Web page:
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Trump withdraws US from Paris Agreement; future involvement still in question


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Trump withdraws US from Paris Agreement; future involvement still in question

President Donald Trump has officially withdrawn the U.S. from the Paris Agreement on climate change, a move Democratic presidential candidate Joe Biden has said he would reverse if he wins the election.

Despite Trump's official withdrawal from the international climate deal, the nation's future potential involvement in it remains in question given that Biden has pledged to rejoin the accord on his first day in office if he wins the election.

Voting in the U.S. presidential election concluded on Nov. 3, but the outcome is still unclear in several key battleground states given that many people cast their vote by mail-in ballot due to COVID-19 health concerns. Swing states yet to report results include Pennsylvania, Michigan, Wisconsin, Georgia and Nevada.

The U.S on Nov. 4 officially exited the accord after Trump had formally launched the process one year prior. Nov. 4, 2020, was the first day the U.S. could officially withdraw, but Trump had signaled plans to make the move in 2017. Trump has said the Paris accord is harmful to U.S. workers and the economy.

Trump has also questioned the connection between human-caused greenhouse gas emissions and climate change and his administration rolled back several key Obama-era environmental regulations, actions that are projected to add about 1.8 billion tons of carbon dioxide equivalent emissions to the atmosphere by 2035.

At the same time, at least two reports by U.S. federal agencies during Trump's term have warned that climate change, if left unchecked, could substantially damage the U.S. economy. Those forecasts were included in the government's Fourth National Climate Assessment in November 2018 and, more recently in October 2020, by a panel that the Commodity Futures Trading Commission convened.

A number of investor groups, company executives and the heads of some nations have suggested that the U.S.' leadership role on climate change on a global scale could encourage other companies to follow suit. The Business Roundtable, a group comprised of CEOs of the nation's largest publicly traded companies, in September called for international cooperation and diplomacy backed by a broadly supported U.S. policy. The group also said it supports a federal price on carbon dioxide emissions.

As for some other nations, Carlos Fuller, the lead climate change negotiator for the Alliance of Small Island States — a coalition of 44 developing countries — recently said that if Trump is elected to another term and has pulled from the Paris accord, limiting global warming to 1.5 degrees C relative to pre-industrial levels would be much harder.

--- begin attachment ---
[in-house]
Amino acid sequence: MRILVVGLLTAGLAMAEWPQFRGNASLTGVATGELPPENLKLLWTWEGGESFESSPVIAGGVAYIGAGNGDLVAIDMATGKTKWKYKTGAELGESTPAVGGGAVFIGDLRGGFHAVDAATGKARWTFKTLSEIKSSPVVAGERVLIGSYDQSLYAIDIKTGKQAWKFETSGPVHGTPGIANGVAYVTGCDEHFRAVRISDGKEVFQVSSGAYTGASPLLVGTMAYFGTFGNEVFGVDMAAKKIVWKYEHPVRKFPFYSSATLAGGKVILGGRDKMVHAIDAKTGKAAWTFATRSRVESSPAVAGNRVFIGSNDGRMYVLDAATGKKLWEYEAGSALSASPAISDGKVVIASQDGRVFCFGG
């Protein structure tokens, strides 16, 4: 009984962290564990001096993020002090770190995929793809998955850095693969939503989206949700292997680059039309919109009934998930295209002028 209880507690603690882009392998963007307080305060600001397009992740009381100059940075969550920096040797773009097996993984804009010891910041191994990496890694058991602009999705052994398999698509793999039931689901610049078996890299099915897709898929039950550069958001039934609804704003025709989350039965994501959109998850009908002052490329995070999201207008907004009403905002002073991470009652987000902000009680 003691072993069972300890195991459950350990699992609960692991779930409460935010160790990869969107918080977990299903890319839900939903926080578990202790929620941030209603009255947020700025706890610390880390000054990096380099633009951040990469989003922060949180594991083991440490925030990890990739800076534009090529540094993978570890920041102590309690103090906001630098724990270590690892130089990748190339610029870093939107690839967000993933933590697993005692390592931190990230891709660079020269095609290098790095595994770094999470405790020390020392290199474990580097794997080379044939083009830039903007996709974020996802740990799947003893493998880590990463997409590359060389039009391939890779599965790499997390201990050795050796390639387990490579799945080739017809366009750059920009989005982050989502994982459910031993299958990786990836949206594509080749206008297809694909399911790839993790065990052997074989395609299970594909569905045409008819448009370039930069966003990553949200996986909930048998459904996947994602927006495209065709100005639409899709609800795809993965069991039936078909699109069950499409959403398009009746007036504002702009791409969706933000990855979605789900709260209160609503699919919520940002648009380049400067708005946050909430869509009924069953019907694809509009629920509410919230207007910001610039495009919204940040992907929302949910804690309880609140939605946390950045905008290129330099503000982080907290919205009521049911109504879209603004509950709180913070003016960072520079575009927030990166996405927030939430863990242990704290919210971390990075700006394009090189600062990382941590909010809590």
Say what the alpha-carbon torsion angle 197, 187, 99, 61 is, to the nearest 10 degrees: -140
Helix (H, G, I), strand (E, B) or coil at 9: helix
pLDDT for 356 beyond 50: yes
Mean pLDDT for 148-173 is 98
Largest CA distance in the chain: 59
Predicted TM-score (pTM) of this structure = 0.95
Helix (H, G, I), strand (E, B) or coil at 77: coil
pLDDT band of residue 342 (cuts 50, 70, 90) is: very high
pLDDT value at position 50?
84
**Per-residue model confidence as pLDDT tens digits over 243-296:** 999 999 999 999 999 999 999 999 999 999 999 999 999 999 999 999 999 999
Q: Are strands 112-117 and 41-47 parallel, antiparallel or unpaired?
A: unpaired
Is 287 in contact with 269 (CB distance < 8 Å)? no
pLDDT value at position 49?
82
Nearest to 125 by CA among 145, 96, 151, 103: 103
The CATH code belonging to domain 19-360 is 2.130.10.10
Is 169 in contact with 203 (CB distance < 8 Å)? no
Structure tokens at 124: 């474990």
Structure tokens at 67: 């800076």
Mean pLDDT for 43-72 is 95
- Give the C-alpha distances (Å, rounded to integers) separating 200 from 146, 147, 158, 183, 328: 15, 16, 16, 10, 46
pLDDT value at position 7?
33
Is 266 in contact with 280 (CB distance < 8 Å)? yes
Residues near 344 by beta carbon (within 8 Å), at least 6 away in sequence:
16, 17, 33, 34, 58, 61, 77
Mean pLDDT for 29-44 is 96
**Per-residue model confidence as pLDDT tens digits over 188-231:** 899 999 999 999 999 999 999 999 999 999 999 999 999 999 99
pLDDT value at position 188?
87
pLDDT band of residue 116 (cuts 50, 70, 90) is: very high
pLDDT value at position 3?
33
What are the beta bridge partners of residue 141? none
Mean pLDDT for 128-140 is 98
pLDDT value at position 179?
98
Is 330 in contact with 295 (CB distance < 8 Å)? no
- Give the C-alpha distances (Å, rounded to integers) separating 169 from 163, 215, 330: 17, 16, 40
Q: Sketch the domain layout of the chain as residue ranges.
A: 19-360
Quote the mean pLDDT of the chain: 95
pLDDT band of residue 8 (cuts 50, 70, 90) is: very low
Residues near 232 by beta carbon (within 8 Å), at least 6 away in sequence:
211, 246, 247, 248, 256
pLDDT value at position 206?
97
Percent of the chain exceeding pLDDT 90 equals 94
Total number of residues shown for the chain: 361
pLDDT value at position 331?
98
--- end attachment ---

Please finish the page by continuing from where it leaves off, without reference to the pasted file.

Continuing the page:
"It would mean other countries would have to redouble their efforts," Fuller said.

Yet even as the U.S. government has declined to take a lead role on international climate negotiations, the leaders of China and Japan in recent weeks have amped up their efforts to combat climate change and European policymakers continued to pursue climate policies.

Steps to rejoining the Paris accord

While Biden can sign the accord on his first day in office if he wins the election, the language of the agreement reached among more than 190 countries in 2015 indicates that a new participant is not officially a part of the accord until 30 days after signing it.

In addition, the U.S. will need to retake a number of steps it made the first time it was part of the agreement, including designating its emissions reduction targets known under the agreement as a nationally determined contribution, or NDC, according to academic legal experts. Trump leaving the accord effectively also cancels whatever NDC the U.S. previously submitted, Susan Biniaz, a former climate negotiator for the U.S. who now teaches at Yale Law School, wrote in a March 2020 blog posted by the Columbia Law School Sabine Center for Climate Change Law.

But "in contrast to signing up for the agreement itself, the development of an NDC is likely to involve the consideration and balancing of various objectives," Biniaz wrote.

One big decision to make would be how fast the U.S. should submit its NDC, Biniaz said. Biden has pledged to set the U.S. on a path to achieve economywide net-zero emissions but if he submits a highly ambitious NDC without having pursued domestic law and engaged with domestic stakeholders and other countries first, the NDC "might lack in credibility." But a more credible target developed over time "might lack in ambition," she wrote.